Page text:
A 45-year-old member asked:
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could a knee replacement surgery treat patellofemoral syndrome or chondromalacia patella?

3 doctor answers
Dr. Gwo-Chin Lee
22 years experience Orthopedic Surgery
It depends: Patients with isolated patellofemoral arthritis or severe chondromalacia refractory to conservative treatment may be candidates for isolated patellofemoral replacements.
Answered on May 26, 2014
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Dr. Christopher Hajnik
17 years experience Orthopedic Reconstructive Surgery
Sometimes: Patellofemoral syndrome is often successfully treated with aggressive, committed physical therapy aimed at strengthening the inside portion of your quadricep muscle. Damage of the smooth articular cartilage on the undersurface of the knee cap is called chondromalacia patella. If this damage is severe enough, then either a partial or total knee replacement may be indicated.
Answered on Mar 2, 2020
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Dr. Zubin Khubchandani
24 years experience Orthopedic Surgery
As a last resort: Chondromalacia patella (runners knee) is due to overload of the patellofemoral joint (knee cap against the end of the thigh bone). Running causes high forces in this portion of the joint. So does arising from a chair, going up/down stairs. Treatment consists of activity modification, ice, anti-inflammatory meds and therapy aimed at flexibility and strengthening, especially of your core.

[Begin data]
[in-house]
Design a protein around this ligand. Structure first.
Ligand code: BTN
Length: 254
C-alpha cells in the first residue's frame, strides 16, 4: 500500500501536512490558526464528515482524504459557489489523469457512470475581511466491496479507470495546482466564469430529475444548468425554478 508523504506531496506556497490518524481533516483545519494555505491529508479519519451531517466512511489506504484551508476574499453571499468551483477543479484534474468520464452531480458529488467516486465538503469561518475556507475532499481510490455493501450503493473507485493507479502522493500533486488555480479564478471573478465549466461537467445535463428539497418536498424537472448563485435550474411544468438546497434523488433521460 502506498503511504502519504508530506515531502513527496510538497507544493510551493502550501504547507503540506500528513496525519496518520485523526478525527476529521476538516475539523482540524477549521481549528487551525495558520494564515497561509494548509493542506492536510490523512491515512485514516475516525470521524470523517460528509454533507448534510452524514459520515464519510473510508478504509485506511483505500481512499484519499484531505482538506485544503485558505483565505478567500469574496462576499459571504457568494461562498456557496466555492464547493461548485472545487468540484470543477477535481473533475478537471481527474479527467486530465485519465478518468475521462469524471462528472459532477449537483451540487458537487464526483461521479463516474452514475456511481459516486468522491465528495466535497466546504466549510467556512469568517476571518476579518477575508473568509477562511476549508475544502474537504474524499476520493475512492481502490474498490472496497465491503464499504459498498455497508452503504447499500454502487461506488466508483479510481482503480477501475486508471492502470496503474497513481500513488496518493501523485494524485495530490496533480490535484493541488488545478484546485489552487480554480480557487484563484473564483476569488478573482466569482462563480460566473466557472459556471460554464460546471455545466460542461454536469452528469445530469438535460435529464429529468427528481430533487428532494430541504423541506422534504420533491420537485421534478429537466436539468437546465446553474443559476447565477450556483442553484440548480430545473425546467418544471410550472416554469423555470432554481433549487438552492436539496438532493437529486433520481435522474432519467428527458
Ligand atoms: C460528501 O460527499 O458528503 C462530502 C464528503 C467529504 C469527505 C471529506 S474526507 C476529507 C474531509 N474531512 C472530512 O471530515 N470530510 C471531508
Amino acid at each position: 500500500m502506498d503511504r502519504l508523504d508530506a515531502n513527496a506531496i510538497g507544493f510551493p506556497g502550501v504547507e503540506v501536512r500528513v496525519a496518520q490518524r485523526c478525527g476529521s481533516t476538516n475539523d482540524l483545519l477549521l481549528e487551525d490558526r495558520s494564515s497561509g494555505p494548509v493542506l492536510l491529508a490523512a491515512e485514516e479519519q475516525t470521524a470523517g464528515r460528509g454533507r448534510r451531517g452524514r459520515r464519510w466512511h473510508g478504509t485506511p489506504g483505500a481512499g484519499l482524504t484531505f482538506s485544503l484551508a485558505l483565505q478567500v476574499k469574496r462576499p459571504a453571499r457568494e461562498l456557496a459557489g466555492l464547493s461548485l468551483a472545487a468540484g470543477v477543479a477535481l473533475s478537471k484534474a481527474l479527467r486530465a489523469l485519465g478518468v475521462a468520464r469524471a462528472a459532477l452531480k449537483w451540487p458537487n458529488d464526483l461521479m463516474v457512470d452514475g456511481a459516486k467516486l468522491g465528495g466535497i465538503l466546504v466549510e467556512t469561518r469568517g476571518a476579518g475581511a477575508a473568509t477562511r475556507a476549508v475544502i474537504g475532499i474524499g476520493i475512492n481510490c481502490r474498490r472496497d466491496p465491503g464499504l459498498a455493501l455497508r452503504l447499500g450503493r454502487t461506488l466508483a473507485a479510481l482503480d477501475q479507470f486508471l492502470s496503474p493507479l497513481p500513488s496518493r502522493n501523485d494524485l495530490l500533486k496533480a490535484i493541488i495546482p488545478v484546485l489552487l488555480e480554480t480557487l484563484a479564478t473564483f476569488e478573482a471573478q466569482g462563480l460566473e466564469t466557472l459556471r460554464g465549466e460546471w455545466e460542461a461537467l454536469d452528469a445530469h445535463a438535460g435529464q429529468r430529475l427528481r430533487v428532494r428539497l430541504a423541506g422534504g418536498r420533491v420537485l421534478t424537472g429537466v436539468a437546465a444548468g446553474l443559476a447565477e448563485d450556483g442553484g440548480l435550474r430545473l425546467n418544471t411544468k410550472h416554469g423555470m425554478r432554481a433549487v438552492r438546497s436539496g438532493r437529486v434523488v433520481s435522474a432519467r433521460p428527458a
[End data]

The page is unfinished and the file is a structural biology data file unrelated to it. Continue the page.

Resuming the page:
Answered on Jan 26, 2018
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A 46-year-old member asked:
Dr. Christopher Ferguson
18 years experience Orthopedic Surgery
Sometimes: For severe chondromalacia of the patella in which there is extensive exposed bone, knee replacement is an option.
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A 33-year-old member asked:
Dr. Robert Greer
43 years experience Family Medicine
Yes,but: Knee replacement should be reserved (in my non-orthopedic) opinion for severe knee disease-not the 2 conditions you mentioned.
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A 38-year-old female asked:
Dr. Joseph Billings
Specializes in Orthopedic Surgery
Arthroscopy: There is no set amount of knee arthroscopy surgeries you can have. Eventually if the arthritis becomes to severe, the arthroscopy will not be helpful ... Read More
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2 thanks
A female asked:
Dr. Michelle Huggins
31 years experience Internal Medicine
No: Surgical replacement of the knee is the last resort. Regular exercise to decrease and maintain weight and to improve joint strength : swimming, water ... Read More
1
1 thank

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